What else are we doing as a society? Well, part of our growing refusal to face shame is a growing desire to seem perfect. We want to show the world we're OK, we've made it, we're happy. Of course the ways we show this are different at work, at home, at church, on holiday, but on the whole we want to present a good face to the world. A recent film showed it like this:

Image 3

Of course, that film - the Stepford Wives - was focusing on family and marriage relationships, and to make the point in a very obvious, visual way, everyone looked thoroughly splendid. They looked gorgeous in fact, as a mask for the problems under the surface. But we do this too in all kinds of ways, not necessarily with elegant clothes. It's easy to see all this happening in other places, isn't it? At work, perhaps, where we try to - and perhaps for continued employment we need to - be seen as efficient, together, organised all the time. But it can so easily happen inside a church, too. I've heard criticisms from within the Christian community - maybe you have too - that some of the purposeful programmes that churches run are trying to make us into Christian Stepford Wives and Husbands, polishing up the way we look without really getting to grips with the darker and more difficult parts of our souls. Because, when you look underneath the bright exterior, past the masks we all tend to wear, then for many of us what is beneath the image of public perfection is this:

Image 4

Living in a fallen world has done this, to very different extents, to all of us. You and I, the people we meet, the people we hope to meet as we go out with the gospel into our communities. We have sinned in word, in deed, and in what we have left unsaid and undone. We have been sinned against, in word, in deed, and what has been left unsaid and undone to us. Our individual path through life, our family heritage, our national history, all of those things have left marks. Some parts of our history have been for good, have built up positive discipleship habits. Others have been bad, have crushed or wounded us, have steered us towards ungodly habits. I'm labouring this for a very specific reason - being a peacemaker for every one of us means being willing to get to grips with the parts of us that are at unpeace, that under the smooth surface are crying out like this. Let me illustrate what I mean with a couple of examples from my own life. Some humour first. Now, some folk are really good with do-it-yourself - whatever they do looks good, it works first time, it lasts for years. Not me.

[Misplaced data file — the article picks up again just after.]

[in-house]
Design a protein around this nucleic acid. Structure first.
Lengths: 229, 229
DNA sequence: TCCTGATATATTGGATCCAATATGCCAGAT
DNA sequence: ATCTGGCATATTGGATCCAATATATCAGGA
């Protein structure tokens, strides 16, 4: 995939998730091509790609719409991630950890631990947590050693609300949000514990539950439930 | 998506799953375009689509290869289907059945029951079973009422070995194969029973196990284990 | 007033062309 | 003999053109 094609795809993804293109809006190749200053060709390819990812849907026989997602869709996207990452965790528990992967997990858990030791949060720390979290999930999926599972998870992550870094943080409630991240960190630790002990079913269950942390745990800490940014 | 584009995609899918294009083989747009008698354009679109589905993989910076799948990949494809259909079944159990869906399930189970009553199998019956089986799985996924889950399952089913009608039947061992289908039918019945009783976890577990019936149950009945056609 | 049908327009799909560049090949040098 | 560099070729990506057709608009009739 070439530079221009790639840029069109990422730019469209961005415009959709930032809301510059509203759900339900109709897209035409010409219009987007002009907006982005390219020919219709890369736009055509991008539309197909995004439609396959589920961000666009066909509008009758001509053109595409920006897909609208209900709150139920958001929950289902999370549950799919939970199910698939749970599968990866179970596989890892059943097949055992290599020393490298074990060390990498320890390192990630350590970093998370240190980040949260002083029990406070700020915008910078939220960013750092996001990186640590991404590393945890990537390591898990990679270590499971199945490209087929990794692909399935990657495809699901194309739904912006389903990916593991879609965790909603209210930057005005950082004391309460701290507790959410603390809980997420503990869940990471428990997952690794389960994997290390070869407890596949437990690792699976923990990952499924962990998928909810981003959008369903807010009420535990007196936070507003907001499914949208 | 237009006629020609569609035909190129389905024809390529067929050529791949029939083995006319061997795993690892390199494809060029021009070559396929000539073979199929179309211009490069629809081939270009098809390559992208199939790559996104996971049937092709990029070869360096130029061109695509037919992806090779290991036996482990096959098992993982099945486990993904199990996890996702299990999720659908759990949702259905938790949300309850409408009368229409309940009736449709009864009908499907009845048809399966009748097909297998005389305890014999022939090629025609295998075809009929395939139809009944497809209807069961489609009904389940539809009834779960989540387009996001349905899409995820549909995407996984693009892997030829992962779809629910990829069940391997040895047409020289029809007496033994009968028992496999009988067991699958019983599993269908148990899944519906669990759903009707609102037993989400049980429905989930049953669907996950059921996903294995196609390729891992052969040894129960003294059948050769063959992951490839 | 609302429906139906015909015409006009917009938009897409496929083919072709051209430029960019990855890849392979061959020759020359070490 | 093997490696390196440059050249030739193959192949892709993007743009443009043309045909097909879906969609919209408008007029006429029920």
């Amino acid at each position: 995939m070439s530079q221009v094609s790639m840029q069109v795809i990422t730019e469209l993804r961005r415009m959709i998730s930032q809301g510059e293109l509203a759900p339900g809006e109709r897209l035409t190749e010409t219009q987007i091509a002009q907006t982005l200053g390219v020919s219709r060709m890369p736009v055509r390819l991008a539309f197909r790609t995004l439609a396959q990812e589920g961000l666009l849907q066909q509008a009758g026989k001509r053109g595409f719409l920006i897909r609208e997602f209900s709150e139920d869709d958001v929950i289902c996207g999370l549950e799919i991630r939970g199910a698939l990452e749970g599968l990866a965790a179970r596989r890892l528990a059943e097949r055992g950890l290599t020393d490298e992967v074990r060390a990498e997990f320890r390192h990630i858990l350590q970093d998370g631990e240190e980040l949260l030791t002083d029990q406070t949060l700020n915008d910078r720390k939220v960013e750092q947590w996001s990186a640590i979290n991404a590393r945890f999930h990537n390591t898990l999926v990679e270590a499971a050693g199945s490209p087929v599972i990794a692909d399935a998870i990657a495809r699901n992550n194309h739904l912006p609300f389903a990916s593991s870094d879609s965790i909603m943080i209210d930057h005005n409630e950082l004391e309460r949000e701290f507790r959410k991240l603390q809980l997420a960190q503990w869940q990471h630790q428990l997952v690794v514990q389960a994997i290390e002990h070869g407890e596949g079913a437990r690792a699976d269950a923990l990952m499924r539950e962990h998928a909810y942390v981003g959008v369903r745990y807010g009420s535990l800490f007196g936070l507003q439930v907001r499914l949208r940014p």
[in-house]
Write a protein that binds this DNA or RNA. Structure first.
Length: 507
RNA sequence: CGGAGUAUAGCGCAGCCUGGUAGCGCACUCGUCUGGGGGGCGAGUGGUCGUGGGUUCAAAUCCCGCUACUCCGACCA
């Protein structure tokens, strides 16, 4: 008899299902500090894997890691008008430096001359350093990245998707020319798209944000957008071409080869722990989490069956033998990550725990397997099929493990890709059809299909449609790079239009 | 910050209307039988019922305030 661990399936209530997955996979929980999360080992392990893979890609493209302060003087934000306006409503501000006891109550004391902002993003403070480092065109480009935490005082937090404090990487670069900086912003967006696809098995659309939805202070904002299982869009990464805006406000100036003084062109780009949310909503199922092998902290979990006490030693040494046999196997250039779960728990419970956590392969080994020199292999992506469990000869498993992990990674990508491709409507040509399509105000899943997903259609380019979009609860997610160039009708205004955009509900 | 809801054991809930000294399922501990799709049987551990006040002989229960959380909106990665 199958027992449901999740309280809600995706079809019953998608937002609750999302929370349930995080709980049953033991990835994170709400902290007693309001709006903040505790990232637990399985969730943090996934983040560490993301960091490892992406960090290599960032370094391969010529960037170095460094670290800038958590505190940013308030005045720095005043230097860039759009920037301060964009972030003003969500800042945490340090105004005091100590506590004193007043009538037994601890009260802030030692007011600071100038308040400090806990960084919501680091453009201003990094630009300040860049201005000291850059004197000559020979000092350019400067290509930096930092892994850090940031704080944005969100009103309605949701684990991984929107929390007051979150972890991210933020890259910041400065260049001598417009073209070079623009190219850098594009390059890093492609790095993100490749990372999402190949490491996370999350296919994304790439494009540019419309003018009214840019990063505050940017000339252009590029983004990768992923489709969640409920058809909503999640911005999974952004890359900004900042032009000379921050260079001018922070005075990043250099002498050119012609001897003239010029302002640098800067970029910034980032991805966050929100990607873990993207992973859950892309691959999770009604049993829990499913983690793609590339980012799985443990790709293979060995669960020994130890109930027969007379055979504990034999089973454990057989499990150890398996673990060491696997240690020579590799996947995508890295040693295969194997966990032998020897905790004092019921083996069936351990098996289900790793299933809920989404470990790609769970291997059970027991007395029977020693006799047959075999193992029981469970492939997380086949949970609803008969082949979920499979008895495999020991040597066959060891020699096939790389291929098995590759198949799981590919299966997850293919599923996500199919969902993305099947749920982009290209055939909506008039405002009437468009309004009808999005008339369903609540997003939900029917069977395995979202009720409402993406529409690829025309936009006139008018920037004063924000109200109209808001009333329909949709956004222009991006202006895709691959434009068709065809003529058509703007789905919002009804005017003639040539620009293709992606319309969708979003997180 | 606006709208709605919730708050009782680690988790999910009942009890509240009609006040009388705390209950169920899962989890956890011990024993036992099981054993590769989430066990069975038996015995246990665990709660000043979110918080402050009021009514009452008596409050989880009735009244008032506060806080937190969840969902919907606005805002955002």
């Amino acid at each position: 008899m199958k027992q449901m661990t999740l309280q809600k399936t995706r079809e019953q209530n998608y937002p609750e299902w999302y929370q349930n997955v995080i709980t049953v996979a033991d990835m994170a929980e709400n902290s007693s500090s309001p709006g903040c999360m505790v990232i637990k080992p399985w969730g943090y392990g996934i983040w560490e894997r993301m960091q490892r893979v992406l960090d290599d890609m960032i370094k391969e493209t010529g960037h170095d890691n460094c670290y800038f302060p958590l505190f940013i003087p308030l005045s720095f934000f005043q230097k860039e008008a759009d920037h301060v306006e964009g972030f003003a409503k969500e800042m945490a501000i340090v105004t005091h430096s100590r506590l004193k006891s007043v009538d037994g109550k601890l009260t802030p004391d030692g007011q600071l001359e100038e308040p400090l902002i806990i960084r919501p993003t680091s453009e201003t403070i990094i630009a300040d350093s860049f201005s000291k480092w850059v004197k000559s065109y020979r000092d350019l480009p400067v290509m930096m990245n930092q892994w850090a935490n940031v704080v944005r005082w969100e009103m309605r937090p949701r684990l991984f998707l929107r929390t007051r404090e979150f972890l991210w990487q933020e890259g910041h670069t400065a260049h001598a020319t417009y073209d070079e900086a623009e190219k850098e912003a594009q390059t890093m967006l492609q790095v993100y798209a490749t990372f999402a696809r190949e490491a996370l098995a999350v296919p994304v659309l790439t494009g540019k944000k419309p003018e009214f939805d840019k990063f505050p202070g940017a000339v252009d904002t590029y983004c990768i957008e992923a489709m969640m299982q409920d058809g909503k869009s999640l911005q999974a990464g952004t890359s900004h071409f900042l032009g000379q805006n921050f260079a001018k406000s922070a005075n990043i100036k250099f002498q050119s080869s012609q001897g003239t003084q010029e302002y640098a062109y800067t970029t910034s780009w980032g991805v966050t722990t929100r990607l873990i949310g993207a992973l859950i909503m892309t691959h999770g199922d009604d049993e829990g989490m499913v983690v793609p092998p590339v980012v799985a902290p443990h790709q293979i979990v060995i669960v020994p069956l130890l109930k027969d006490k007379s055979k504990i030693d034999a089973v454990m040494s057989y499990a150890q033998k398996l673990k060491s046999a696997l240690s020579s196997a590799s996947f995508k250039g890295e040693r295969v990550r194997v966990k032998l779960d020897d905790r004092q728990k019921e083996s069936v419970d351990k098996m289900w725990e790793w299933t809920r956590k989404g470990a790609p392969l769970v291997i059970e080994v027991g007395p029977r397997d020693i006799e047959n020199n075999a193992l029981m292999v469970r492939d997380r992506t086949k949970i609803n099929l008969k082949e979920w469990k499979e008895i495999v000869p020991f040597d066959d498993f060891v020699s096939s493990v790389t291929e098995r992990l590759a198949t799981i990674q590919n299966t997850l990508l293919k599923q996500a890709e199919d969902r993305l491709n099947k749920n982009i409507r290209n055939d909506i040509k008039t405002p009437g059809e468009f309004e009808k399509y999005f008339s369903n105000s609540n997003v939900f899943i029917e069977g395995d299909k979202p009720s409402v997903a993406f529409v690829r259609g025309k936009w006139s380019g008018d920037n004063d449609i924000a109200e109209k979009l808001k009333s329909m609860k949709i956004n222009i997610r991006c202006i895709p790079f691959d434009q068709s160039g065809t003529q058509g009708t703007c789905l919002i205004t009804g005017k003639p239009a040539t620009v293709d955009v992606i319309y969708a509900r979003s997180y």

Image 5

If you want a psalm translated then I'll be delightfully happy, but if you want a roller-blind up in your kitchen then that's another story. All those competent, intimidating guys and girls in orange aprons at B&Q look pityingly at me. Now, of course, I can't avoid these dreadful tasks for ever in our house, and when the unavoidable moment comes I get thoroughly demoralised. It bothers me much more than it does Ros (fortunately, perhaps), but when I have to tackle one of these handyman jobs then this huge area of disquiet and gloom rises out of the place where I can hide it most days. The most recent time I tried it, I carefully measured everything out, marked it up… and then cut it at completely the wrong place, nowhere near where I should have done. It was desperate. In this area of my life, I can't even honestly say that I'm working to improve things - I mean, I can always tell myself it's not really very important in the grand scheme of things. My livelihood does not depend on it. Who really cares about kitchen blinds anyway?

So let's turn to something a little more serious. This person -

Image 6

is someone that none of you have ever met. She became extremely ill and was hospitalised when I was only 2 or 3 years old, and she died in my late teens. She is my sister. Now, until earlier this year, if you had asked me, I would almost certainly have told you I was an only child. Only a tiny number of people to whom I was particularly close knew about her at all. Now, there was an element of truth in what I said, in that as I grew up, this person - Heather - was not around in our house, and so did not play any obvious role in my childhood. But at the same time, it was untrue, and my saying that was because of shame, because a short easy answer was less embarrassing than a long and harder one. I could convince myself that her absence had not really affected me very much. What I learned earlier this year, as part of my own discipleship road, was that that was not true. My relationships with others, my relationship with myself, my relationship with God, were all affected by this fact of my life. I'm realising that it does not take very much for feelings of aloneness, isolation to start to well up in me. I cannot yet tell you that I am completely at peace about this - but I can tell you that the process of peace-making surrounding this part of my life has begun. I am engaged with becoming a peace-maker in this area, rather than being detached from it. I am learning, at least in this area of my life, to be at peace with my soul about it, to be more at peace with my own history.